There is something wrong with my DNA.
I must be the only person on the face of the Earth that gets ill and all they crave is healthy food.
I came down with the cold this week (although I’m convinced I’m dying, but I do veer on the dramatic sometimes) and in the pits of my ill despair, I never crave cheesy carbohydrates.
When I am ill, I always look for highly flavoured, deeply spiced yet light proteins that feel like I’m eating my body back to life. Eating to recover. It’s poetic.
I went through a bit of a love affair with salmon. It’s probably my favourite fish, but my mother went through a salmon phase when I was growing up (it too went through a big fussy phase during the mid 00’s) and I got sick of it.
However, like all good trends, they reappear in an updated incarnation and the horrors of old suddenly become lovely memories and the tastes like beautiful framed family photos you seek when you’re feeling cosy.
Seared, braised, broiled, fried – salmon is just GOOD, isn’t it? Flaky, falls apart in your mouth, tender… it manages to be everything all at once and even if it’s cooked and the pink has been swapped for a softer hue, you know it’s still got the goods.
This recipe uses broth in 3 different places – to steam the salmon, to flavour the rice and to use as a ‘sauce’ afterwards. But don’t be put off by that – the broth is nothing more than chopping and the boil of a kettle.
The apricots bring a fresh sweetness to this dish. I love spicy food, but when you throw a whole chili in the mix, sometimes you need a balance just to make sure your palette doesn’t jump out of your mouth in search of a more respectable vessel.
Begin with your broth by boiling a kettle. Throw a chopped carrot, some chopped spring onions, some chopped ginger (unpeeled), a celery stick and a bashed garlic clove into a big jug or pan – it’s not going on the heat don’t worry.
Now cover the vegetables with boiling water.
Splash in a tablespoon of soy sauce, a tablespoon of brown sugar (or honey) and squeeze in the juice of two limes. Cover the jug or pan and leave to one side.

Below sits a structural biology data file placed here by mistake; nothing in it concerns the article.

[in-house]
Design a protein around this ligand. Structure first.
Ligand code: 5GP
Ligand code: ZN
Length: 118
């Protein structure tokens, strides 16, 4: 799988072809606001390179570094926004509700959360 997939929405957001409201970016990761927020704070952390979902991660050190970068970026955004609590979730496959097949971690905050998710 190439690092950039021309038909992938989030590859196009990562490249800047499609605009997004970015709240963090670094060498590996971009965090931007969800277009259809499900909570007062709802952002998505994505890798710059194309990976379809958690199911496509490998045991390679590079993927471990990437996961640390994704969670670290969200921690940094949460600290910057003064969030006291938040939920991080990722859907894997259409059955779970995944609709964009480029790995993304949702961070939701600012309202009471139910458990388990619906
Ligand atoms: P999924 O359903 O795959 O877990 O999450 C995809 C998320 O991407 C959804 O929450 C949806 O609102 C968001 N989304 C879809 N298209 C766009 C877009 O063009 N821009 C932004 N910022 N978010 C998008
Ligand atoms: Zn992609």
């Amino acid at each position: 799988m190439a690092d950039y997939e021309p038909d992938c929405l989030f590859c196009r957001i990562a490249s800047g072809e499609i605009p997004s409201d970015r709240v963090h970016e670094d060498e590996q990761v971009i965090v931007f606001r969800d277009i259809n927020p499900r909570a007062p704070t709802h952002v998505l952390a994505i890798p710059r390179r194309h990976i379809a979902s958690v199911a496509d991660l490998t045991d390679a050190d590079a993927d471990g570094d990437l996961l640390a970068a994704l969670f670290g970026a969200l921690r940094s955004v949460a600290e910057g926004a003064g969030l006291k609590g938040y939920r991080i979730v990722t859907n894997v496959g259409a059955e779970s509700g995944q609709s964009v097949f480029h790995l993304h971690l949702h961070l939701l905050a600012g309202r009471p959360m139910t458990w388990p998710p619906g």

I tend to do something else for an hour or so to let the vegetables flavour the water. I was also very ill when I made this so I applied Vix to some tissues, shoved it up my nose and napped.
Now you’re ready to cook.
Preheat the oven to 200C.
Slice up two or three spring onions, a handful of dried apricots and one red chili – take the seeds out if you don’t want it too spicy.
In a big wok, heat a little olive oil and throw in the onion, apricots and chilli. Cook these until they begin to soften.
Now take two fillets of salmon and place in a roasting pan. Salt them generous before ladling over some of the lime broth.
Cover the pan with some foil and slide in the oven for 10 – 15 minutes.
In the wok, throw in a handful of spinach leaves and a cup of cooked rice. I would absolutely not judge you here if you used pre-cooked rice from a packet.
I was ill, so I did.
Now take two ladles of the lime broth and pour into the wok. Keep the vegetables and rice cooking on a high heat for the rest of the salmons cooking time, keeping everything stirring.
Take the salmon out of the oven.
Plate up by putting the rice on the plate and then carefully placing the salmon on top of the rice.
Now take ladle or two of the lime broth and pour over the salmon and rice.
Finish off with a dusting of coriander and if you want to be fancy like I was, some thinly sliced celery.
Also as a final USE UP EVERYTHING note, you may have some lime broth leftover. What I do is decant this into an empty washed out milk carton (including the fishy spiked lime broth from the roasting tin that held the salmon) and keep in the fridge. It’s perfect in a risotto like this Spinach Risotto with Baked Feta & Mint you can find here or even in a seafood laden soup, like this Crayfish Soup)